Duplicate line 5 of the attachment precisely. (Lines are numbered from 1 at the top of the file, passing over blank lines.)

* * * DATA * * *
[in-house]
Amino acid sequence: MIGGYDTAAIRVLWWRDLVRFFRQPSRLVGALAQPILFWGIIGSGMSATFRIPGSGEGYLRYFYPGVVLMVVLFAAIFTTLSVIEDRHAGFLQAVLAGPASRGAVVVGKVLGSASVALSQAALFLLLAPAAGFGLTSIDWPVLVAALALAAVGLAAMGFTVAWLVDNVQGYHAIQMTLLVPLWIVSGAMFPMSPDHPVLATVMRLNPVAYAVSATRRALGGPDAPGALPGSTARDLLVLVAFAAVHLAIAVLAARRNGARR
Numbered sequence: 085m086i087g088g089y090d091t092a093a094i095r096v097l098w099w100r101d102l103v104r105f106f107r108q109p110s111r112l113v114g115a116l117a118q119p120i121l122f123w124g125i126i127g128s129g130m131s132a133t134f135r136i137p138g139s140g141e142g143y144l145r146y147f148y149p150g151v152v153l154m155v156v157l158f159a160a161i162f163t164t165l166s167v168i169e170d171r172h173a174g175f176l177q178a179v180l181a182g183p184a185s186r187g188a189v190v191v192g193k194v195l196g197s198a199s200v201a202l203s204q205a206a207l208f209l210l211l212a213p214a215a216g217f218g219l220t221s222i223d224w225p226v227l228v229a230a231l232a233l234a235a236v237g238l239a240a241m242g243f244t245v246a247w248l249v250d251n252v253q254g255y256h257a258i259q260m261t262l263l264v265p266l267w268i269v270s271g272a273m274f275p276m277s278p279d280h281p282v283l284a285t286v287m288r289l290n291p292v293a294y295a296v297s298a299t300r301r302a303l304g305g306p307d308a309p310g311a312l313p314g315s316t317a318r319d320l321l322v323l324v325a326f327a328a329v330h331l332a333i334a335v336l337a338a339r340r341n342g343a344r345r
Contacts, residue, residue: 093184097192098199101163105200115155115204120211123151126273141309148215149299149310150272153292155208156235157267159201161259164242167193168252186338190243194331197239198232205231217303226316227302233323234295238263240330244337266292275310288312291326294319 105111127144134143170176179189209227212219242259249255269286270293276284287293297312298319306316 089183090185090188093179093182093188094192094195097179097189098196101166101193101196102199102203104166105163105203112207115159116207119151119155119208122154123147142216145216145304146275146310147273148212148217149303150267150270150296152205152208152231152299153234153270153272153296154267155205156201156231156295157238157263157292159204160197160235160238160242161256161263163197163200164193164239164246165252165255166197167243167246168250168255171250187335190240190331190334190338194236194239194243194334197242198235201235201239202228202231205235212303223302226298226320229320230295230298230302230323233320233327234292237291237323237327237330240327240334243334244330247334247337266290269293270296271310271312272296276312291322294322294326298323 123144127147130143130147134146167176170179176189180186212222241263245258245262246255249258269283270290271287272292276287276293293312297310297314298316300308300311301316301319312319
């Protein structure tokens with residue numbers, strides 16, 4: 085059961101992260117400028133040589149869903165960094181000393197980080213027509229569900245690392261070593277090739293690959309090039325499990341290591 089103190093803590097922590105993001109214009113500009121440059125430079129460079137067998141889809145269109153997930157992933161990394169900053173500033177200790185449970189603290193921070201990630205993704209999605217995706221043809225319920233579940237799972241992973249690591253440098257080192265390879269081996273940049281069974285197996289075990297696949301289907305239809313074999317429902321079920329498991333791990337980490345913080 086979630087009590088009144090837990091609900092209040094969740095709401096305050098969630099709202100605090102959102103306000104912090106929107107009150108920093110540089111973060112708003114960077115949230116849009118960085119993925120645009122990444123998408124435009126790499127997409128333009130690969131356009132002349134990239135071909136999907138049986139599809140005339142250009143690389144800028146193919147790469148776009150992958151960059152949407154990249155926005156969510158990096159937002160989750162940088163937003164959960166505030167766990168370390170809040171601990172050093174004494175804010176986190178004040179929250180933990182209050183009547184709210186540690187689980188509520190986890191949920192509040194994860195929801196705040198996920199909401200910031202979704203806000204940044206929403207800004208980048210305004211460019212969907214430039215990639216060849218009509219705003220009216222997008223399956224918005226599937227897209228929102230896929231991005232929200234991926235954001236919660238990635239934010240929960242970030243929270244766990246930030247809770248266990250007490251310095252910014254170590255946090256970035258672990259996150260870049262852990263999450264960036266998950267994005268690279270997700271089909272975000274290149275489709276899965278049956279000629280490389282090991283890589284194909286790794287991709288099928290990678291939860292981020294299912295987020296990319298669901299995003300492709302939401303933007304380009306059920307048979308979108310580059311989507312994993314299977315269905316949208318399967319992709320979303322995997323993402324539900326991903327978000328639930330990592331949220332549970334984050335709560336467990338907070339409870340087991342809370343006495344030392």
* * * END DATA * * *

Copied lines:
């Protein structure tokens with residue numbers, strides 16, 4: 085059961101992260117400028133040589149869903165960094181000393197980080213027509229569900245690392261070593277090739293690959309090039325499990341290591 089103190093803590097922590105993001109214009113500009121440059125430079129460079137067998141889809145269109153997930157992933161990394169900053173500033177200790185449970189603290193921070201990630205993704209999605217995706221043809225319920233579940237799972241992973249690591253440098257080192265390879269081996273940049281069974285197996289075990297696949301289907305239809313074999317429902321079920329498991333791990337980490345913080 086979630087009590088009144090837990091609900092209040094969740095709401096305050098969630099709202100605090102959102103306000104912090106929107107009150108920093110540089111973060112708003114960077115949230116849009118960085119993925120645009122990444123998408124435009126790499127997409128333009130690969131356009132002349134990239135071909136999907138049986139599809140005339142250009143690389144800028146193919147790469148776009150992958151960059152949407154990249155926005156969510158990096159937002160989750162940088163937003164959960166505030167766990168370390170809040171601990172050093174004494175804010176986190178004040179929250180933990182209050183009547184709210186540690187689980188509520190986890191949920192509040194994860195929801196705040198996920199909401200910031202979704203806000204940044206929403207800004208980048210305004211460019212969907214430039215990639216060849218009509219705003220009216222997008223399956224918005226599937227897209228929102230896929231991005232929200234991926235954001236919660238990635239934010240929960242970030243929270244766990246930030247809770248266990250007490251310095252910014254170590255946090256970035258672990259996150260870049262852990263999450264960036266998950267994005268690279270997700271089909272975000274290149275489709276899965278049956279000629280490389282090991283890589284194909286790794287991709288099928290990678291939860292981020294299912295987020296990319298669901299995003300492709302939401303933007304380009306059920307048979308979108310580059311989507312994993314299977315269905316949208318399967319992709320979303322995997323993402324539900326991903327978000328639930330990592331949220332549970334984050335709560336467990338907070339409870340087991342809370343006495344030392």